BACKGROUND: Vitamin D deficiency is frequently found in patients with Chronic Obstructive Pulmonary Disease (COPD). Vitamin D has antimicrobial, anti-inflammatory and immunomodulatory effects. Therefore, supplementation may prevent COPD exacerbations, particularly in deficient patients.
OBJECTIVES: To assess the effect of vitamin D supplementation on exacerbation rate in vitamin D-deficient patients with COPD.
STUDY DESIGN AND METHODS: We performed a multi-center, double-blind, randomized controlled trial. COPD patients with one or more exacerbations in the preceding year and a vitamin D deficiency (15-50 nmol/L) were randomly allocated in a 1:1 ratio to receive either vitamin D3 16.800 IU or placebo once a week during 1 year. Primary outcome of the study was exacerbation rate. Secondary outcomes included time to first and second exacerbation, time to first and second hospitalization, use of antibiotics and corticosteroids, pulmonary function, maximal respiratory mouth pressure, physical performance, skeletal muscle strength, systemic inflammatory markers, nasal microbiota composition, and quality of life.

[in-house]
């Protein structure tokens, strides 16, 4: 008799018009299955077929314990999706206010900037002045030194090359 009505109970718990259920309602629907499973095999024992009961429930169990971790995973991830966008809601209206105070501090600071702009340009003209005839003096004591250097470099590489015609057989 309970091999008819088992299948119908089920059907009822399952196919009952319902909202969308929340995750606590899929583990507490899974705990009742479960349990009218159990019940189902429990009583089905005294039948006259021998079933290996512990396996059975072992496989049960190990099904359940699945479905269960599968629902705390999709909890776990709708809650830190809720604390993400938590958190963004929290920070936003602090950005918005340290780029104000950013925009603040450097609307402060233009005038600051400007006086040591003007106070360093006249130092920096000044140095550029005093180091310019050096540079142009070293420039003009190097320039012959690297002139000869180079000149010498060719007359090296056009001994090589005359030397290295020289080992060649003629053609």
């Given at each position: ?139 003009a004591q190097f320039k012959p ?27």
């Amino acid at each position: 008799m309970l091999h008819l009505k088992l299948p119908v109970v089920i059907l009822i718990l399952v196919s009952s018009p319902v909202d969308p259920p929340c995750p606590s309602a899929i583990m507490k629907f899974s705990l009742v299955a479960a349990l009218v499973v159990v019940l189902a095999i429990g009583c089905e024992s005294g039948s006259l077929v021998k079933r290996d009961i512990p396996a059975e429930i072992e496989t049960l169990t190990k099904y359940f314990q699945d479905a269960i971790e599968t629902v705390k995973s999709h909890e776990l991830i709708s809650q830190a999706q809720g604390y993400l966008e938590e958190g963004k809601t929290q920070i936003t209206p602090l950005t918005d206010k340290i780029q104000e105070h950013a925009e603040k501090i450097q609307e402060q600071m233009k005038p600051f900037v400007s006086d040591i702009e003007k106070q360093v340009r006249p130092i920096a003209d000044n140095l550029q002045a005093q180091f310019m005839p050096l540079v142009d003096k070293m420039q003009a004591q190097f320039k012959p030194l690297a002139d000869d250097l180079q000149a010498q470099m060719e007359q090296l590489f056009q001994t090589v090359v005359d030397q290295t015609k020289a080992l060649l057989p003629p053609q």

RESULTS: The intention-to-treat population consisted of 155 participants. Mean (SD) serum 25-hydroxyvitamine D (25(OH)D) concentrations after one year was 112 (34) nmol/L in the vitamin D group, compared to 42 (17) nmol/L in the placebo group. Vitamin D supplementation did not affect exacerbation rate (incidence rate ratio (IRR):0.90; 95%-confidence interval (95%-CI): 0.67,1.21). In a prespecified subgroup analysis in participants with 25(OH)D levels 15-25 nmol/L (n = 31) no effect of vitamin D supplementation was found (IRR:0.91; 95%-CI:0.43,1.93). No relevant differences were found between the intervention and placebo group in secondary outcomes.
CONCLUSION: Vitamin D supplementation did not reduce exacerbation rate in COPD patients with a vitamin D deficiency.